The number of homeless female veterans is on the rise, and the Department of Veteran Affairs isn't adequately prepared to handle it.
In four years, the number of homeless veteran women more than doubled -- rising to 3,328 in 2010 from 1,380 in 2006, according to a new Government Accountability Office report.
But even as more veteran women are becoming homeless, the VA still isn't prepared to deal with it, the report found. Nearly a quarter of VA Medical Center coordinators surveyed for the report said they didn't have plans to temporarily house homeless women while those women wait for housing in other programs aimed at housing homeless veterans.
The VA "does not have sufficient data about the population and needs of women veterans to plan effectively for increases in their numbers as servicemembers return from Iraq and Afghanistan," the authors wrote in the report. "Further, without improved services, women -- including those with children and those who have experienced military sexual trauma -- remain at risk of homelessness and experiencing further abuse."
The report also found that nearly two-thirds of homeless female veterans are between the ages of 40 and 59 years old, many of them living with children. That's an especially large problem, seeing as 60 percent of the VA's Grant and Per Diem Programs that serve homeless women -- an effort that gives community agencies funding to provide veterans with services -- don't house children.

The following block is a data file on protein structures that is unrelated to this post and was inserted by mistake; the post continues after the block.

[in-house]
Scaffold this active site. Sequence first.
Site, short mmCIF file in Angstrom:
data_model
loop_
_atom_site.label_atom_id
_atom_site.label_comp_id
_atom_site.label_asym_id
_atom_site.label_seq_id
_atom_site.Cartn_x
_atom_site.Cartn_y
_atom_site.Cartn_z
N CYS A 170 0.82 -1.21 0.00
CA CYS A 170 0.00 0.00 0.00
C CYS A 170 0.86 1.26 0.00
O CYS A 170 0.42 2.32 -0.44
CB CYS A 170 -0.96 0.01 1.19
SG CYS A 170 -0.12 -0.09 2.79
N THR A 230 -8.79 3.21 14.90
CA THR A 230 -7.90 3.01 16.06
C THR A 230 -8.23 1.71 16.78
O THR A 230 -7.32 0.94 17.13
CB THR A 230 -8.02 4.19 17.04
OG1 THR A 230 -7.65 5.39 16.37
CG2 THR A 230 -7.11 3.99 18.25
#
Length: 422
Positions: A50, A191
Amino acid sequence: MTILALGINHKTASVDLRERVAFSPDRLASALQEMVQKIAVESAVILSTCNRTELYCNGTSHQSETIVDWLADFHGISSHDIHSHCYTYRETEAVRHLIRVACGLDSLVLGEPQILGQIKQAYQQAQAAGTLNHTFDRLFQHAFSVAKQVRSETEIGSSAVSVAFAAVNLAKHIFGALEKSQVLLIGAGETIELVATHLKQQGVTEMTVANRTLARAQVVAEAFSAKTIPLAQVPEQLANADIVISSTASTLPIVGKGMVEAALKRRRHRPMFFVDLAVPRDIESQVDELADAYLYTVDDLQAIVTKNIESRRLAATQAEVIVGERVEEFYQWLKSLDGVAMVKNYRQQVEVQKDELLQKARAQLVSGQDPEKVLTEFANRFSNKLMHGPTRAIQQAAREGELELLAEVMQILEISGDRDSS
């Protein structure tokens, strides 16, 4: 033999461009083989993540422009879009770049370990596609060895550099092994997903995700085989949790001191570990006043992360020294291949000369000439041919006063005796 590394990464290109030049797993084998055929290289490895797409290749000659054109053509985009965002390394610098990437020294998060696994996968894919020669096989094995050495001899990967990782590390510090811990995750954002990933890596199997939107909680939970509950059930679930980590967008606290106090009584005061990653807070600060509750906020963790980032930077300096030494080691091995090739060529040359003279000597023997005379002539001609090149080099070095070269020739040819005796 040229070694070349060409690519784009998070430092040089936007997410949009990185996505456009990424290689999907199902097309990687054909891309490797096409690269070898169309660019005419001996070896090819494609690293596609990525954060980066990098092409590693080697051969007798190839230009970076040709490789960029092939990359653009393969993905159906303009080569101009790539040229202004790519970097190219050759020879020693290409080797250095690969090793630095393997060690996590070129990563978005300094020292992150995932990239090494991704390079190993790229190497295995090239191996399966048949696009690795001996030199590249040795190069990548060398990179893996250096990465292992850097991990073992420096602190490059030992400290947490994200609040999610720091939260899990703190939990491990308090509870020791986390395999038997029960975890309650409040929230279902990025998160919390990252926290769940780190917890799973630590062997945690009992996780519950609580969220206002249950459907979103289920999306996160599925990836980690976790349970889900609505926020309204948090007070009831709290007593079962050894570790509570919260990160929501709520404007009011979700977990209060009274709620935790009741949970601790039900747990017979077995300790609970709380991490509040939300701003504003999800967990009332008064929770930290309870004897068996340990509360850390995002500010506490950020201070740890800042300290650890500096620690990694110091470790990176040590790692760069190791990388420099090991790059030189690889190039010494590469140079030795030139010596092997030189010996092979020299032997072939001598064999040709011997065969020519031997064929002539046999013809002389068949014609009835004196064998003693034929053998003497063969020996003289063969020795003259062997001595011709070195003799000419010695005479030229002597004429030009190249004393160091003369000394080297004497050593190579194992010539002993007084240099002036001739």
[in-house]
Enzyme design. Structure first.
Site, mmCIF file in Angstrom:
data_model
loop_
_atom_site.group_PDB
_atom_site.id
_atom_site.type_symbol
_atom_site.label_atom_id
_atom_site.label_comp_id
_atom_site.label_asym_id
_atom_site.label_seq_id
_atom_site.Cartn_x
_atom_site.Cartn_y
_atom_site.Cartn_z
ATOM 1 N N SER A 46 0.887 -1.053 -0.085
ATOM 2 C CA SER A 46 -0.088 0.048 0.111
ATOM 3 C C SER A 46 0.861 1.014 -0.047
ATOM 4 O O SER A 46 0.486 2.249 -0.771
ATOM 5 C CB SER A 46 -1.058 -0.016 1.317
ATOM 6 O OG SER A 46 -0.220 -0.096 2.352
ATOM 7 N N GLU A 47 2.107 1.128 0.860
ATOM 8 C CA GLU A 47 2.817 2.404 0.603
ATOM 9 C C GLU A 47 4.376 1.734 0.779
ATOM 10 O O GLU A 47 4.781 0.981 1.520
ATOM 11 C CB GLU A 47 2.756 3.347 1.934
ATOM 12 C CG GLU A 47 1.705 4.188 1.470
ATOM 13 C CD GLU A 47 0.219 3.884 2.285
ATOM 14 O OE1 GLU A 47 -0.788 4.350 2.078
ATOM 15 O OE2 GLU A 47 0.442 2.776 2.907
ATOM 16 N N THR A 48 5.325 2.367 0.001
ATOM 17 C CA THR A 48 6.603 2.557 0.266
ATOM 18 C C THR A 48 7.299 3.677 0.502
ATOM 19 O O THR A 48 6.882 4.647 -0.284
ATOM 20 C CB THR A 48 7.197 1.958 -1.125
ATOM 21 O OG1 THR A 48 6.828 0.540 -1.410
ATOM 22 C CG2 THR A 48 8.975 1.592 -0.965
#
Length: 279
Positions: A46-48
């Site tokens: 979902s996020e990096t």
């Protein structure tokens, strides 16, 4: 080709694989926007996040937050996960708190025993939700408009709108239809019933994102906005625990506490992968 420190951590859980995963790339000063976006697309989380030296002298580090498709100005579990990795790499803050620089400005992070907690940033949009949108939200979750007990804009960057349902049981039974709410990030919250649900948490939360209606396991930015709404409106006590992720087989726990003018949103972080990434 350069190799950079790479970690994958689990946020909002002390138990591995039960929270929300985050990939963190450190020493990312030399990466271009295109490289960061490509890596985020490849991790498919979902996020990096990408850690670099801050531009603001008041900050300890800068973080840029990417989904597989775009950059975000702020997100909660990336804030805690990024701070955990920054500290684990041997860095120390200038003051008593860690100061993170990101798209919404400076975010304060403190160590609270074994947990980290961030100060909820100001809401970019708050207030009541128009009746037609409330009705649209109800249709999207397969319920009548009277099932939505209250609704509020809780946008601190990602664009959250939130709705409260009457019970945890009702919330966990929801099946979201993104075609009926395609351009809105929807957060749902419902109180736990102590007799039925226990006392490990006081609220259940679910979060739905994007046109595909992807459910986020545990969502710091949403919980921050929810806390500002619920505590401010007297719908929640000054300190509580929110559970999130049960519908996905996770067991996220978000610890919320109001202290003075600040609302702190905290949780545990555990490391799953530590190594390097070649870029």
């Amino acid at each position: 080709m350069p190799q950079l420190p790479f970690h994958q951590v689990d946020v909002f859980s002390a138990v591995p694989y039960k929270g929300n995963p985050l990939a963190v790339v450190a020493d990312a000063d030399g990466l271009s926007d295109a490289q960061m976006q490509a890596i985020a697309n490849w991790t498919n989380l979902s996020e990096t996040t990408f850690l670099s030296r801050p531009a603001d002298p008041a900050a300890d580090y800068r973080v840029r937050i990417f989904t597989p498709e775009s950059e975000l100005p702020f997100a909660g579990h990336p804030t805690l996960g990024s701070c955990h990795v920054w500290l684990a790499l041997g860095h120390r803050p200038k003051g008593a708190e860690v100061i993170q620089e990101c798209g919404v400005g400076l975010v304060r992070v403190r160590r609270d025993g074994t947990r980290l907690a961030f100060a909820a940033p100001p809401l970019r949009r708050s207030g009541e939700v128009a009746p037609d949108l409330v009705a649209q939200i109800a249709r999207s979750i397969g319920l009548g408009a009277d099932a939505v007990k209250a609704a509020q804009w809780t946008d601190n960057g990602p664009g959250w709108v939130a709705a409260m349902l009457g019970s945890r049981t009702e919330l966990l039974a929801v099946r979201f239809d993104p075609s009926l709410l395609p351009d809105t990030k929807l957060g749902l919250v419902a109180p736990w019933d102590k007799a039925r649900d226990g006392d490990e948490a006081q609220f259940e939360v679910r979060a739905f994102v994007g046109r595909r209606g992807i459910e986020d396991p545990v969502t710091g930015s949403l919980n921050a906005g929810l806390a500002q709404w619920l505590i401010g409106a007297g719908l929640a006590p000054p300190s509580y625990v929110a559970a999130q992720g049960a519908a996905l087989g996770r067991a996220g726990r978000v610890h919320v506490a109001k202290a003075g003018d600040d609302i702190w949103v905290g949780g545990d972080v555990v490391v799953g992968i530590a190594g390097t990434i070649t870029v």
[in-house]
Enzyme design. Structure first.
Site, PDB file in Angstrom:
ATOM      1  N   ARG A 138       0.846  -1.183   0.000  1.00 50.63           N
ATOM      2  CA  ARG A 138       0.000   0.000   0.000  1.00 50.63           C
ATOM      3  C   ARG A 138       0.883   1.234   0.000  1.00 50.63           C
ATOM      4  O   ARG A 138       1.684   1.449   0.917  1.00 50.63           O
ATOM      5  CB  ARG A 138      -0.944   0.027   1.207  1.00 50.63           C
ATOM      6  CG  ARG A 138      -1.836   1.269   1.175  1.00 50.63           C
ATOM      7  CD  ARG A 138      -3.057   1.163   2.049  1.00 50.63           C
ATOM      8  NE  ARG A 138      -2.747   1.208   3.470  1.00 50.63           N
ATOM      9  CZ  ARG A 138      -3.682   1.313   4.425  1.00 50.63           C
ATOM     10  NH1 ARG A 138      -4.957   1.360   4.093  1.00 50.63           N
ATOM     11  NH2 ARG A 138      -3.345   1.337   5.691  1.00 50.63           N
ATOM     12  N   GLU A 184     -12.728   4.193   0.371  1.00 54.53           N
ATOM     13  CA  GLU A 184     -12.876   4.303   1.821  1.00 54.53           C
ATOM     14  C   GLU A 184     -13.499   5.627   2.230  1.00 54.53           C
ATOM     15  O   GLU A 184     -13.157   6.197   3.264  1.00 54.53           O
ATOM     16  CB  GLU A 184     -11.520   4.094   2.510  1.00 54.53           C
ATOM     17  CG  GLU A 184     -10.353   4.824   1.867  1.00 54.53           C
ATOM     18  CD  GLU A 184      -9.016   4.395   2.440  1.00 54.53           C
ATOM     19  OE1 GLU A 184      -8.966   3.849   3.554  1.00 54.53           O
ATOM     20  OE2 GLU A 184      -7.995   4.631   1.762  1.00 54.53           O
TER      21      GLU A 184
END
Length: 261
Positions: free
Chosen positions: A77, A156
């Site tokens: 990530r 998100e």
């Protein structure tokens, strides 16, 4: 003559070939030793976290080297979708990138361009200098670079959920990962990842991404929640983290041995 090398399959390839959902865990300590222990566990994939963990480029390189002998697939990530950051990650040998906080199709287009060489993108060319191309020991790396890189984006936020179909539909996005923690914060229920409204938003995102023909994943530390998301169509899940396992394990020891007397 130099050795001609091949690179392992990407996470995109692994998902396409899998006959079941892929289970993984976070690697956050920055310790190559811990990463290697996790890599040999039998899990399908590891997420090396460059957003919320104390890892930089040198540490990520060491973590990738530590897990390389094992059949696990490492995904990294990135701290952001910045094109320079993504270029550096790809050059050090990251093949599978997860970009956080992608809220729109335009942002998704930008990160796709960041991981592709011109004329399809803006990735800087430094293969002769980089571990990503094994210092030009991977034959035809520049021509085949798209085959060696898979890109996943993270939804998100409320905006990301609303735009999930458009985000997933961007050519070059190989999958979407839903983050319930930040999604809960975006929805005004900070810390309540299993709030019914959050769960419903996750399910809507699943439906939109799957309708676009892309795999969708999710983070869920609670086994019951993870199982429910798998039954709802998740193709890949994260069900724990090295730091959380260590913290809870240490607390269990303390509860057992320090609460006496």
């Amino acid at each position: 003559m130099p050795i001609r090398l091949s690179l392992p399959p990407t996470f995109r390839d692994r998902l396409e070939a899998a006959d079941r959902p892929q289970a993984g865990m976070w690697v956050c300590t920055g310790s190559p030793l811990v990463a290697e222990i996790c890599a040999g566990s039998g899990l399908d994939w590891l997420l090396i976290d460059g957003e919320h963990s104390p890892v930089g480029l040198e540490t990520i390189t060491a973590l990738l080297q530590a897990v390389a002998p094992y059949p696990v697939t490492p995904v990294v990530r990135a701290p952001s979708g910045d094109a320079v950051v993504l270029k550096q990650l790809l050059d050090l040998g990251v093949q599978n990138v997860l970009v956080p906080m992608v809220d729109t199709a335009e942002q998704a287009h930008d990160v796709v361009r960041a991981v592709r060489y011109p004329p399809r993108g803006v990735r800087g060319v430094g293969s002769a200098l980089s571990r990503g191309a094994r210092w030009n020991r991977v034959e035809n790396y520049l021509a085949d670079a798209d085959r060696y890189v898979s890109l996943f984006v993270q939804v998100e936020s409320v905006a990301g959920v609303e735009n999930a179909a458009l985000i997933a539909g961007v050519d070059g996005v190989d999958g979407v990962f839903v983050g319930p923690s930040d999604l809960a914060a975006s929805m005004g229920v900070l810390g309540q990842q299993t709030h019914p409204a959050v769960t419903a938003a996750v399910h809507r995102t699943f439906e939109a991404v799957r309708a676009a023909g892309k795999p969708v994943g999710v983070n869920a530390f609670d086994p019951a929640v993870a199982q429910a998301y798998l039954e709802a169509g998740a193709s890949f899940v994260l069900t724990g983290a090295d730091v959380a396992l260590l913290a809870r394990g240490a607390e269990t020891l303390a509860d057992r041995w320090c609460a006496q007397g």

Overall, homelessness among veterans dropped 12 percent during the year-long period ended in January 2011, the Obama administration said last month. Still, the issue of homelessness among veterans looms large. There are more than 67,000 veterans living on the streets and veterans are 50 percent more likely to be homeless than the average American.
In addition, homeless veterans are more likely to die on the streets than their non-veteran counterparts and tend to remain homeless for longer periods of time, according to another recent study.
Veterans are also having a tougher time than ordinary Americans navigating the job market once they return home. The veteran unemployment rate was 13.1 percent in December compared to the national jobless rate of 8.5 percent, according to the Department of Labor.
The situation is especially dire for young veterans: One in three veterans between the ages of 18 and 24 is unemployed.